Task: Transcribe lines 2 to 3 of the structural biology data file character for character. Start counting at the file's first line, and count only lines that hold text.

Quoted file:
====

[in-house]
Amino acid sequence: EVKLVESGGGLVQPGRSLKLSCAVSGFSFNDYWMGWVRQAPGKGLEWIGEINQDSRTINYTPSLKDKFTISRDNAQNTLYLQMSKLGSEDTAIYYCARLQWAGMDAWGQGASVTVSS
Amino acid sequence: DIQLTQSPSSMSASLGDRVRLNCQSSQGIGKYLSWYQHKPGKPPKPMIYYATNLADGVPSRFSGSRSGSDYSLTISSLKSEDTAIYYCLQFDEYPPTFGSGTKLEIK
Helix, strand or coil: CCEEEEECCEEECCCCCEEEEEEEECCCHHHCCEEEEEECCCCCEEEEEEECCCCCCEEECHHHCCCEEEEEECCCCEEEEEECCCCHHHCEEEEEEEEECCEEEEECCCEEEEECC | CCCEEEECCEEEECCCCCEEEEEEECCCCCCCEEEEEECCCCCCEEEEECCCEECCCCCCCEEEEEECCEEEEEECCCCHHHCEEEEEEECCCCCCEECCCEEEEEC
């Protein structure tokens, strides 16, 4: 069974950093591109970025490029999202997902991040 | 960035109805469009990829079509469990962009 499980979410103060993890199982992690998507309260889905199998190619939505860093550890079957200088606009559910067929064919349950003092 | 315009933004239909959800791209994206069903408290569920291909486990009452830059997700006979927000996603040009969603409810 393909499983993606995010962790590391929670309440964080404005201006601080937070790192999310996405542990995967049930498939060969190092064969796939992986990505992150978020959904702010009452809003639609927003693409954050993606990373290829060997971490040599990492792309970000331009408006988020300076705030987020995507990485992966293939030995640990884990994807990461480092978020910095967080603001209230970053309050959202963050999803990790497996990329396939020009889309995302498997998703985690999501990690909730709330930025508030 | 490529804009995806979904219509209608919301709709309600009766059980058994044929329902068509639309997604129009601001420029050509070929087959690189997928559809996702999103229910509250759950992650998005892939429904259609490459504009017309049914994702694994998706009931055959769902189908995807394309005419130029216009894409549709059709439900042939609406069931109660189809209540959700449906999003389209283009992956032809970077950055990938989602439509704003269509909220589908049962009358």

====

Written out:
Amino acid sequence: EVKLVESGGGLVQPGRSLKLSCAVSGFSFNDYWMGWVRQAPGKGLEWIGEINQDSRTINYTPSLKDKFTISRDNAQNTLYLQMSKLGSEDTAIYYCARLQWAGMDAWGQGASVTVSS
Amino acid sequence: DIQLTQSPSSMSASLGDRVRLNCQSSQGIGKYLSWYQHKPGKPPKPMIYYATNLADGVPSRFSGSRSGSDYSLTISSLKSEDTAIYYCLQFDEYPPTFGSGTKLEIK